Time to go beyond talk to advance health equity with action

Sara Berg, MS , Senior News Writer

Physicians and other health professionals see health inequities play out among their patients on a daily basis, and that reality has been a longtime focus of discussion at many leading health systems. Targeted, systemic plans to advance health equity need to be implemented, and Rush University System for Health (RUSH) aims to do just that—put talk into action.

Achieving optimal health for all

The AMA is confronting inequity at the system and community level to bring health equity to marginalized and minoritized communities in the U.S.

“At some point, we should stop presenting articles about how it [inequity] exists and start figuring out how to change it,” said Omar B. Lateef, DO, president and CEO of RUSH, during an episode of “AMA Update.”

That’s where David A. Ansell, MD, MPH, senior vice president of community health equity at RUSH University Medical Center, and his team was pivotal. They worked together with different hospitals and health systems across Chicago to find solutions to inequities in breast cancer outcomes.

“When you see it work, you realize that the solutions weren’t necessarily building a bigger ICU, but building more access, or figuring out what was at the root cause of people not knowing how to get access,” Dr. Lateef said.

Here is what RUSH has done—and other health systems should do too—to turn thought into action to make an impact on health equity.

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In Chicago, residents of the Gold Coast neighborhood will live 16 years longer than those who reside several subway stops west. But it’s not because of acute violence. It’s hypertension, uncontrolled diabetes and other common diseases.

“We know how to treat those diseases, so we should be able to extend the treatment of what we know how to treat to the people who have those diseases,” Dr. Lateef said. “It didn’t take long for anyone in health care to realize it takes more than giving a diabetes medication to help someone’s blood sugar.

“It takes access to healthy foods … affordable foods. It actually takes people having resources to buy healthy food. That’s where you get into the social determinants of health,” he added. “Once we realized all that, we put programs together strategically designed to tackle those specific challenges and then you see results and that’s where you start to feel like this is something more than just talk.”

Learn more about the AMA Health System Program, which provides enterprise solutions to equip leadership, physicians and care teams with resources to help drive the future of medicine.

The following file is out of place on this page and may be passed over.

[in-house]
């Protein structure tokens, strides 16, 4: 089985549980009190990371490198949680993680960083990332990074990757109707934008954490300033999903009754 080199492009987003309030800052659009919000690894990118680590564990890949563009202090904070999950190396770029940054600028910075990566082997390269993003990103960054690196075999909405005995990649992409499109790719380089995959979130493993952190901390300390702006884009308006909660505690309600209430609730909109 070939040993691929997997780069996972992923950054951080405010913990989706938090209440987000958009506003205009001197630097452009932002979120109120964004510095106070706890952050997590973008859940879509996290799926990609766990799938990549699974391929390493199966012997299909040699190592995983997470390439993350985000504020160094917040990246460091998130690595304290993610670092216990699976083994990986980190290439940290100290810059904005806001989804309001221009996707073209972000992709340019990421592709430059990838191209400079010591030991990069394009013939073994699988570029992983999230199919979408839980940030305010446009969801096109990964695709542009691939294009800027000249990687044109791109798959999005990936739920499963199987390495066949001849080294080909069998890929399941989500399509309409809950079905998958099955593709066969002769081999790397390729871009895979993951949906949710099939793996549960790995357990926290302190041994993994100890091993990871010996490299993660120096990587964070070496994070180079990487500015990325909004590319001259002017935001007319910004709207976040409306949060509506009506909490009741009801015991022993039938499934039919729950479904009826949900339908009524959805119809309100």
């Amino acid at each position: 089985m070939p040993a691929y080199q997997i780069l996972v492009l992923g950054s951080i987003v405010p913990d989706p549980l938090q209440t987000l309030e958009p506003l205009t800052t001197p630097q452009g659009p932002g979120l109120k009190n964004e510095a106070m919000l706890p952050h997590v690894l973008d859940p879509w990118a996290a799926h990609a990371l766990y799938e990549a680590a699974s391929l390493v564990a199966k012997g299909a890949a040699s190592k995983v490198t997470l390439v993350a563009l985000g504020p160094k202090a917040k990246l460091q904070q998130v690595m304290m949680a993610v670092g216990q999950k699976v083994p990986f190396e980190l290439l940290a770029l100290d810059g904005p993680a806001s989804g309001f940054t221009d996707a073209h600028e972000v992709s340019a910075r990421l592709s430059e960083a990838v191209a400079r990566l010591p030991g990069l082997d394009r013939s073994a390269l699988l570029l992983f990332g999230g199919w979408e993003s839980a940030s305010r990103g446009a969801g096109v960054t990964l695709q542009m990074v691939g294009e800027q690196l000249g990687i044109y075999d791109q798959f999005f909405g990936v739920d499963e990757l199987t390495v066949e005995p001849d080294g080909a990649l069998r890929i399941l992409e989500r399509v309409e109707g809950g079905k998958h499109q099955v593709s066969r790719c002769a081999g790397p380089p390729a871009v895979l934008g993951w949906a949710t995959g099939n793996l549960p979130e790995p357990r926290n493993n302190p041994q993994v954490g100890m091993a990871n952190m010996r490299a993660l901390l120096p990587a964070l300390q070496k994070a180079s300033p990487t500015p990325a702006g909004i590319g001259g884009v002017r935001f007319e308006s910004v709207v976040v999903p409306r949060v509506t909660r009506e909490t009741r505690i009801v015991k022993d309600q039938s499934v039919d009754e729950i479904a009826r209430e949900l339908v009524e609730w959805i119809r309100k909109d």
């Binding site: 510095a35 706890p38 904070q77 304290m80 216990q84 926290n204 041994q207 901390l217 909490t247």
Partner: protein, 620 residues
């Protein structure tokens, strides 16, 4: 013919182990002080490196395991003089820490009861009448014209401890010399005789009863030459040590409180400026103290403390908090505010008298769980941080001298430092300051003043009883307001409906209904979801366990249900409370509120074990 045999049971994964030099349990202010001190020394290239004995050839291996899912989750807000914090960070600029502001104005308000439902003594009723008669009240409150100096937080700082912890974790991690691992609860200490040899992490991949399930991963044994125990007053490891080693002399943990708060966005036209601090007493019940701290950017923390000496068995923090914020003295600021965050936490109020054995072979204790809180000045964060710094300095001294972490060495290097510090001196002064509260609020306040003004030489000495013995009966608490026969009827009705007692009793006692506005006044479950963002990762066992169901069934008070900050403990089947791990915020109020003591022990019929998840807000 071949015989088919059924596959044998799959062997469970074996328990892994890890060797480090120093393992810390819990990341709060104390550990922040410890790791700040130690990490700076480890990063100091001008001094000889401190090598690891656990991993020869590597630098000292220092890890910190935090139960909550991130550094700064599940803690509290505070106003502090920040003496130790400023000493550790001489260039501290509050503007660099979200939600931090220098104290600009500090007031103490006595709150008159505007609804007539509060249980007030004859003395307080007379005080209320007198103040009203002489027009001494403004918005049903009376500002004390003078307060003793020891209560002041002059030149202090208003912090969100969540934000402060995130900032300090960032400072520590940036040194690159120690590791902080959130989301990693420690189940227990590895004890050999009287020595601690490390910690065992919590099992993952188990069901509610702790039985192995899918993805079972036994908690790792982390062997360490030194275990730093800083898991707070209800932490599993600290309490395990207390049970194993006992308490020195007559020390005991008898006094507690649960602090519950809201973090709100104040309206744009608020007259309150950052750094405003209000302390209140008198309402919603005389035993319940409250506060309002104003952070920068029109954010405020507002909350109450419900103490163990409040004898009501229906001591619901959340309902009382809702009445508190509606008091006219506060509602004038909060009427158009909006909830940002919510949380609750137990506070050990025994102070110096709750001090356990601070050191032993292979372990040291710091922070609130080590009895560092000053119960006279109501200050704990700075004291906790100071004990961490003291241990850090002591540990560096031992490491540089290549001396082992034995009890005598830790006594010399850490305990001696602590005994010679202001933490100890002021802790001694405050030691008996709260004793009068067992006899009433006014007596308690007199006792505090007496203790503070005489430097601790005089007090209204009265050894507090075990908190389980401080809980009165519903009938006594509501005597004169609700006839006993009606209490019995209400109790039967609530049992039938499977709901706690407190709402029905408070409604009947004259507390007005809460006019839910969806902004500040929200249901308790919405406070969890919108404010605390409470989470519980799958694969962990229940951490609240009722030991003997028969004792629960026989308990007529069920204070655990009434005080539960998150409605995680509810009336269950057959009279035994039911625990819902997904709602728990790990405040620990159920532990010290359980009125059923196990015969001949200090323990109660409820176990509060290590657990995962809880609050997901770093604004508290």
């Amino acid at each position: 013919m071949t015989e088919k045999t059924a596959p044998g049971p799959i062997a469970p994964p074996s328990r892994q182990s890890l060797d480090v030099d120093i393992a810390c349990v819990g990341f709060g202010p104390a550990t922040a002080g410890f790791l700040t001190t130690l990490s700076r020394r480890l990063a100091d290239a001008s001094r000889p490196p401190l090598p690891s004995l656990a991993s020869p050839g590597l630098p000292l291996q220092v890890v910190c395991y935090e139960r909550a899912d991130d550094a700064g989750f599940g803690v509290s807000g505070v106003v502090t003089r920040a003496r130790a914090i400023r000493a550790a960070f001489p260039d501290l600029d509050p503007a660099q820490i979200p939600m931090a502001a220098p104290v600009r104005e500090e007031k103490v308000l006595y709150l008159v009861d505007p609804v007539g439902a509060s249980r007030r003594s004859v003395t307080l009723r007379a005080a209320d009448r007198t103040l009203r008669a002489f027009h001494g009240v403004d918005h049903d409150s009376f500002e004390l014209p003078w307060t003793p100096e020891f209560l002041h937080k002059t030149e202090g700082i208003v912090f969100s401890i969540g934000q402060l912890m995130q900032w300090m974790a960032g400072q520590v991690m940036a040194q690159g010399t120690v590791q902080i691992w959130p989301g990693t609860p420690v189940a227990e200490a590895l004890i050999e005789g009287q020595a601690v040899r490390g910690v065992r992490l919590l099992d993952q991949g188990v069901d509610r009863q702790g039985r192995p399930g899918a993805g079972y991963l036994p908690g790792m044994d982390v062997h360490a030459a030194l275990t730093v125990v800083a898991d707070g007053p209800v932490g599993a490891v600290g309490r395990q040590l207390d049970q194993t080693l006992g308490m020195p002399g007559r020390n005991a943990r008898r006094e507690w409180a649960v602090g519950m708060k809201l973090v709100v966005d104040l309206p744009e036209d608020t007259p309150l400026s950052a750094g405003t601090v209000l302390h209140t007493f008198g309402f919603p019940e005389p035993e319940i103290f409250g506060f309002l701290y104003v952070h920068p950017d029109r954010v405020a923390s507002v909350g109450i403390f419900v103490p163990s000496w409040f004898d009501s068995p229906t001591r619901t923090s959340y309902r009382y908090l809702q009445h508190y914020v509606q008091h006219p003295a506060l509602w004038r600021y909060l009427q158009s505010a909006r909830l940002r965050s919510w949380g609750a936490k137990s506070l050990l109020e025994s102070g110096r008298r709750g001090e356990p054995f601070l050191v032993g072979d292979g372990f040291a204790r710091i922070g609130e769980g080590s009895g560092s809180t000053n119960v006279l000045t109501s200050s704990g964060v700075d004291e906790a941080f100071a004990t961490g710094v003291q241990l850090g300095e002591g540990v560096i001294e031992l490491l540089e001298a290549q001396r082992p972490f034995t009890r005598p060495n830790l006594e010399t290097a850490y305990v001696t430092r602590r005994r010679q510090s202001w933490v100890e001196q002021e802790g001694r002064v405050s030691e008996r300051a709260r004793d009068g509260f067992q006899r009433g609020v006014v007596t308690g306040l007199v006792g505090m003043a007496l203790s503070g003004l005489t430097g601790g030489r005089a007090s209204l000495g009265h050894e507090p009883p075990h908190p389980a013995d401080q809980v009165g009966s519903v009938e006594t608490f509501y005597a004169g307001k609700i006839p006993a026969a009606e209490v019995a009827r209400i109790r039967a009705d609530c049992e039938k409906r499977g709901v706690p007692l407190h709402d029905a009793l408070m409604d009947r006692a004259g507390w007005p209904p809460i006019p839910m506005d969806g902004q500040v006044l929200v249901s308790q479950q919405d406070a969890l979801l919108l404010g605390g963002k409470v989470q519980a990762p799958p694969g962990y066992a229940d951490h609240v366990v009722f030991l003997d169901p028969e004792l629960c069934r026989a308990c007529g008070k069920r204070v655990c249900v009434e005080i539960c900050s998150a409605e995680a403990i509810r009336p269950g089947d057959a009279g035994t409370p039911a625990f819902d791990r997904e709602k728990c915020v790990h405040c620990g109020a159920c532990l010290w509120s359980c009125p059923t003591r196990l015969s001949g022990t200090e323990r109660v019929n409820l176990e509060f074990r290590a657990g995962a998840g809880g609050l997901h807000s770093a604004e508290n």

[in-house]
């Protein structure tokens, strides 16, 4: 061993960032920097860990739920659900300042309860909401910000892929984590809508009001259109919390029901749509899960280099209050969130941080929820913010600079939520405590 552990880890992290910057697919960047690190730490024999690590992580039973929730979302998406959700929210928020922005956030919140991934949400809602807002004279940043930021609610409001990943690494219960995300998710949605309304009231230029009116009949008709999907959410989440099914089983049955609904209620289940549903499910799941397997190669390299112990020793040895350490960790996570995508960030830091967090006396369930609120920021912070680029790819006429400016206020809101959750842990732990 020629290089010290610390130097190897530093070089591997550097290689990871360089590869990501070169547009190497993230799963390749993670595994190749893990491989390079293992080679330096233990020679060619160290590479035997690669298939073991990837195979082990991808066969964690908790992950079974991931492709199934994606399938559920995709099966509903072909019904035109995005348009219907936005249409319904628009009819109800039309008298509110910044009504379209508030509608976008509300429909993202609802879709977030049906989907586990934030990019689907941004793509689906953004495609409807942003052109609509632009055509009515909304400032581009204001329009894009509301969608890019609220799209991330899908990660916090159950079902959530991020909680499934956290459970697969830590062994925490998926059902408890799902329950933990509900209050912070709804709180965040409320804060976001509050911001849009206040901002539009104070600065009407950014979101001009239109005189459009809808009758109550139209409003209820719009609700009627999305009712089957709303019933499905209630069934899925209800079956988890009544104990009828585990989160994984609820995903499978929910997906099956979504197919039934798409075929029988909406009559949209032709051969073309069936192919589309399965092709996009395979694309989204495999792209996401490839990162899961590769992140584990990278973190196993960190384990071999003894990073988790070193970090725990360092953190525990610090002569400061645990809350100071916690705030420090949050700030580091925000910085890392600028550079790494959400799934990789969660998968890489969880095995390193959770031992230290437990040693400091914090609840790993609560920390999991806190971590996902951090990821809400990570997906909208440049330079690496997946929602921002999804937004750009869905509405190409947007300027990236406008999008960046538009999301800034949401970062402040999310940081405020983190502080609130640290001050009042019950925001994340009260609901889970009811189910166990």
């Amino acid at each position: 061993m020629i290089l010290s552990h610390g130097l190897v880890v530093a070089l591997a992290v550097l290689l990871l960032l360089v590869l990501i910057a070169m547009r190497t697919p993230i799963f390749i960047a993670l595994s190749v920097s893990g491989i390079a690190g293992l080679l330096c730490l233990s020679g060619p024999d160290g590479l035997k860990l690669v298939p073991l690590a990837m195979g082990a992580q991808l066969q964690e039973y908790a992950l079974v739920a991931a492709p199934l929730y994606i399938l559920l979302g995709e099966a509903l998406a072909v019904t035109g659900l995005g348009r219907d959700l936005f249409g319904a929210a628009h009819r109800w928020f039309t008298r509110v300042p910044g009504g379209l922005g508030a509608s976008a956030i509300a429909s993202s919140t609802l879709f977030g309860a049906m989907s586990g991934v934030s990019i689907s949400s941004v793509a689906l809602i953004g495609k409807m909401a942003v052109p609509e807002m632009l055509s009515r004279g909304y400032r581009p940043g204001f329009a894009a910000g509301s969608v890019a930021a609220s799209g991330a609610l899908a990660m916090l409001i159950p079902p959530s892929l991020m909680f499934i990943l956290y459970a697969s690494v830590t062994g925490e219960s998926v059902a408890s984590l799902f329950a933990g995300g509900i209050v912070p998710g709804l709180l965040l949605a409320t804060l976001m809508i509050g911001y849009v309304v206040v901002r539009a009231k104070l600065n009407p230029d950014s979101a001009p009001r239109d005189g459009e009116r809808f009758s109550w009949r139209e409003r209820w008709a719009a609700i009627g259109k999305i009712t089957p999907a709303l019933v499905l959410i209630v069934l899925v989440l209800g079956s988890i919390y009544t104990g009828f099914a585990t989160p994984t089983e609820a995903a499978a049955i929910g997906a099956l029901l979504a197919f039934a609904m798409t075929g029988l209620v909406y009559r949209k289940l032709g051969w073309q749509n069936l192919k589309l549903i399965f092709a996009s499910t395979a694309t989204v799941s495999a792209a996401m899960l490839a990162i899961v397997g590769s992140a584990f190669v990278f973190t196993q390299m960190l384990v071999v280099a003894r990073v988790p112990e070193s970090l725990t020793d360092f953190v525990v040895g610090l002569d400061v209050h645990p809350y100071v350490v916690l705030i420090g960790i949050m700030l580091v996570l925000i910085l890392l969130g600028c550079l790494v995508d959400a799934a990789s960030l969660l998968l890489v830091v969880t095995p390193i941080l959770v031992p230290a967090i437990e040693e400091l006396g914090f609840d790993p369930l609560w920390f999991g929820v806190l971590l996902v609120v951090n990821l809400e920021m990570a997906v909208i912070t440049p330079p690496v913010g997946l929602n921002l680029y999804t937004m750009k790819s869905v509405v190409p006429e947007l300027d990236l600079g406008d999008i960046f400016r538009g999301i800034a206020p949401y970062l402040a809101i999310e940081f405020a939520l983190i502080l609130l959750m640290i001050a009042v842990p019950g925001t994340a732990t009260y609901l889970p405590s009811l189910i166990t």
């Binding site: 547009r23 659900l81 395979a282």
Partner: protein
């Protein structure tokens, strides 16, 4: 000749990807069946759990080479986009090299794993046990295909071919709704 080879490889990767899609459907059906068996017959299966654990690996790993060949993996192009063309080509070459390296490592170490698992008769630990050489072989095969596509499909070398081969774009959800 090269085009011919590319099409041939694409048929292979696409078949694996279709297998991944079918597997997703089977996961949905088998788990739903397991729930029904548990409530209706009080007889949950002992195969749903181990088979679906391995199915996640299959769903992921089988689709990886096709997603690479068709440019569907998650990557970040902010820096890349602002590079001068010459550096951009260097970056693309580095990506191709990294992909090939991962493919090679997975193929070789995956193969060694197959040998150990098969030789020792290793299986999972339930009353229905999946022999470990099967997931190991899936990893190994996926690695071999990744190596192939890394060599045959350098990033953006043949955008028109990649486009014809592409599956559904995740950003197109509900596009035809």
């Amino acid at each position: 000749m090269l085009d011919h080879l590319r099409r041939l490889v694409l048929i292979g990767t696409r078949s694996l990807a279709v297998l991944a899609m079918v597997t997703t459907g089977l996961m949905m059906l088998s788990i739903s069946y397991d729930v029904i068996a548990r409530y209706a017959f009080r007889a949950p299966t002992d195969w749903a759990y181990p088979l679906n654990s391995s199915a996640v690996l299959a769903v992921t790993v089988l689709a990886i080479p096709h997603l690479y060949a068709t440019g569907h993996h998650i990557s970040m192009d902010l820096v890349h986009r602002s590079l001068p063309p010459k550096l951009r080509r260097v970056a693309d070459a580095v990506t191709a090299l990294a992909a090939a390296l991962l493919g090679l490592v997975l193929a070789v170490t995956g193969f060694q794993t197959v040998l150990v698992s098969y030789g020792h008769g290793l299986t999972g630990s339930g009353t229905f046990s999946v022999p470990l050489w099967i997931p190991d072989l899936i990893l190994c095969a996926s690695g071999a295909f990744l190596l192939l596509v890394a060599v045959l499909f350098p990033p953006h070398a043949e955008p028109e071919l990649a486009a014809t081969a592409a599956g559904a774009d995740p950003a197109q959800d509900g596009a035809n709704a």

Among other benefits, members of the AMA Health System Program have access to the AMA Insight Network’s Quality, Safety and Equity community. This virtual forum provides an opportunity for like-minded leaders from across the country to hear more examples of how leading systems are finding innovative ways to address health care inequities in their communities.

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Why the AMA is bolstering its commitment to health equity in Chicago

“It’s one thing to have those experiences individually within communities or as doctors and nurses taking care of these patients. It’s another thing for an organization to take this on as a problem that we need to solve,” Dr. Ansell said.

At RUSH, the goal was to be the best in health care. Looking at metrics and measures of quality, RUSH has been among the top in the country. Yet people were still dying outside of their doors from common diseases.

That is why “changing our mission to improve the health of the populations we serve led us in this new strategic direction,” he said. “We embarked on it because we changed our mission and that led us to really think about what it would take to solve for the death gap.”

There hasn’t been a lot of trust between health organizations and communities or their leaders. That’s because you can’t discuss changes without helping communities understand what will happen and why.

“If you spoke and then you didn’t make the changes, you would very rapidly lose community trust and lose the ability to make a change,” Dr. Lateef said. “This comes by tabling egos and saying we’re going to partner and learn what the problems are we’re trying to solve, agree on a list of prioritizations and then go forth and solve those.”

“Actions speak louder than words,” he said, emphasizing that “you can’t embark on a journey like this without putting together tangible plans and delivering on those plans, otherwise you’ll lose the support of the community.”

AMA Update” is your source for physician-focused news. Hear from physicians and other experts on trending public health concerns, practice issues and more—because who’s doing the talking matters. Catch every episode by subscribing to the AMA’s YouTube channel or listen to all AMA podcasts at ama-assn.org/podcasts.